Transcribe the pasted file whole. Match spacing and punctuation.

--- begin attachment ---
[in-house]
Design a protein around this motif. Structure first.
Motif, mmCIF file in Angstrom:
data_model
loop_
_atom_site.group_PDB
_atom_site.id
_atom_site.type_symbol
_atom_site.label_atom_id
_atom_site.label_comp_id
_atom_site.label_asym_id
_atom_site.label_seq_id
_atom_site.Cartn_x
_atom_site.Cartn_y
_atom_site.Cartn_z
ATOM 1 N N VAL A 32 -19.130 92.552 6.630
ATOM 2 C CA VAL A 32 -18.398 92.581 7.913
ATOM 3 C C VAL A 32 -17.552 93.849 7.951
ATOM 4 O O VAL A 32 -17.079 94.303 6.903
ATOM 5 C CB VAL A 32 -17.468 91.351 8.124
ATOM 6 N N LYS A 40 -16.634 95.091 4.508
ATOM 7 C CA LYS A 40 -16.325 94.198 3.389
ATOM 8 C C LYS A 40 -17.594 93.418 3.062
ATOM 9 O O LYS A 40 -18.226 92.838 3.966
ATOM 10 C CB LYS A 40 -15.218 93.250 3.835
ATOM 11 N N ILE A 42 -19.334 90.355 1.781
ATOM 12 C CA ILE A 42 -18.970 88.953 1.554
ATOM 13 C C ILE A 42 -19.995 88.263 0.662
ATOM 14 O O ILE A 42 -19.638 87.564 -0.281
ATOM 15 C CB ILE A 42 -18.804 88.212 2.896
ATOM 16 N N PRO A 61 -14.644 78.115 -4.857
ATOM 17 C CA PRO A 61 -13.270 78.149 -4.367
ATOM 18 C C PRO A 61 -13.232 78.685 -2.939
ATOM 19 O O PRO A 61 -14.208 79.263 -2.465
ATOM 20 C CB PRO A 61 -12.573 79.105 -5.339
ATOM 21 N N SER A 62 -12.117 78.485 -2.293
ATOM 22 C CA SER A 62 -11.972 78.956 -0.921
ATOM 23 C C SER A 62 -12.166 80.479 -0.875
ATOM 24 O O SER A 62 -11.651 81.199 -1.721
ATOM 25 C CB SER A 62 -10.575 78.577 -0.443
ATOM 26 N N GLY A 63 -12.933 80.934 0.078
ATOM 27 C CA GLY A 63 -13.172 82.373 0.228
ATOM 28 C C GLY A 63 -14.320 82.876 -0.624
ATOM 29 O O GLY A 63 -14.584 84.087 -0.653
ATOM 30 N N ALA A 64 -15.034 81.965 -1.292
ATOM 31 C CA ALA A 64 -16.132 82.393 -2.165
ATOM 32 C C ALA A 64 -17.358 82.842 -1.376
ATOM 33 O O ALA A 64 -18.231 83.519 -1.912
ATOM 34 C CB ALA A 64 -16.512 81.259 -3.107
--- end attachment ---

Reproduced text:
[in-house]
Design a protein around this motif. Structure first.
Motif, mmCIF file in Angstrom:
data_model
loop_
_atom_site.group_PDB
_atom_site.id
_atom_site.type_symbol
_atom_site.label_atom_id
_atom_site.label_comp_id
_atom_site.label_asym_id
_atom_site.label_seq_id
_atom_site.Cartn_x
_atom_site.Cartn_y
_atom_site.Cartn_z
ATOM 1 N N VAL A 32 -19.130 92.552 6.630
ATOM 2 C CA VAL A 32 -18.398 92.581 7.913
ATOM 3 C C VAL A 32 -17.552 93.849 7.951
ATOM 4 O O VAL A 32 -17.079 94.303 6.903
ATOM 5 C CB VAL A 32 -17.468 91.351 8.124
ATOM 6 N N LYS A 40 -16.634 95.091 4.508
ATOM 7 C CA LYS A 40 -16.325 94.198 3.389
ATOM 8 C C LYS A 40 -17.594 93.418 3.062
ATOM 9 O O LYS A 40 -18.226 92.838 3.966
ATOM 10 C CB LYS A 40 -15.218 93.250 3.835
ATOM 11 N N ILE A 42 -19.334 90.355 1.781
ATOM 12 C CA ILE A 42 -18.970 88.953 1.554
ATOM 13 C C ILE A 42 -19.995 88.263 0.662
ATOM 14 O O ILE A 42 -19.638 87.564 -0.281
ATOM 15 C CB ILE A 42 -18.804 88.212 2.896
ATOM 16 N N PRO A 61 -14.644 78.115 -4.857
ATOM 17 C CA PRO A 61 -13.270 78.149 -4.367
ATOM 18 C C PRO A 61 -13.232 78.685 -2.939
ATOM 19 O O PRO A 61 -14.208 79.263 -2.465
ATOM 20 C CB PRO A 61 -12.573 79.105 -5.339
ATOM 21 N N SER A 62 -12.117 78.485 -2.293
ATOM 22 C CA SER A 62 -11.972 78.956 -0.921
ATOM 23 C C SER A 62 -12.166 80.479 -0.875
ATOM 24 O O SER A 62 -11.651 81.199 -1.721
ATOM 25 C CB SER A 62 -10.575 78.577 -0.443
ATOM 26 N N GLY A 63 -12.933 80.934 0.078
ATOM 27 C CA GLY A 63 -13.172 82.373 0.228
ATOM 28 C C GLY A 63 -14.320 82.876 -0.624
ATOM 29 O O GLY A 63 -14.584 84.087 -0.653
ATOM 30 N N ALA A 64 -15.034 81.965 -1.292
ATOM 31 C CA ALA A 64 -16.132 82.393 -2.165
ATOM 32 C C ALA A 64 -17.358 82.842 -1.376
ATOM 33 O O ALA A 64 -18.231 83.519 -1.912
ATOM 34 C CB ALA A 64 -16.512 81.259 -3.107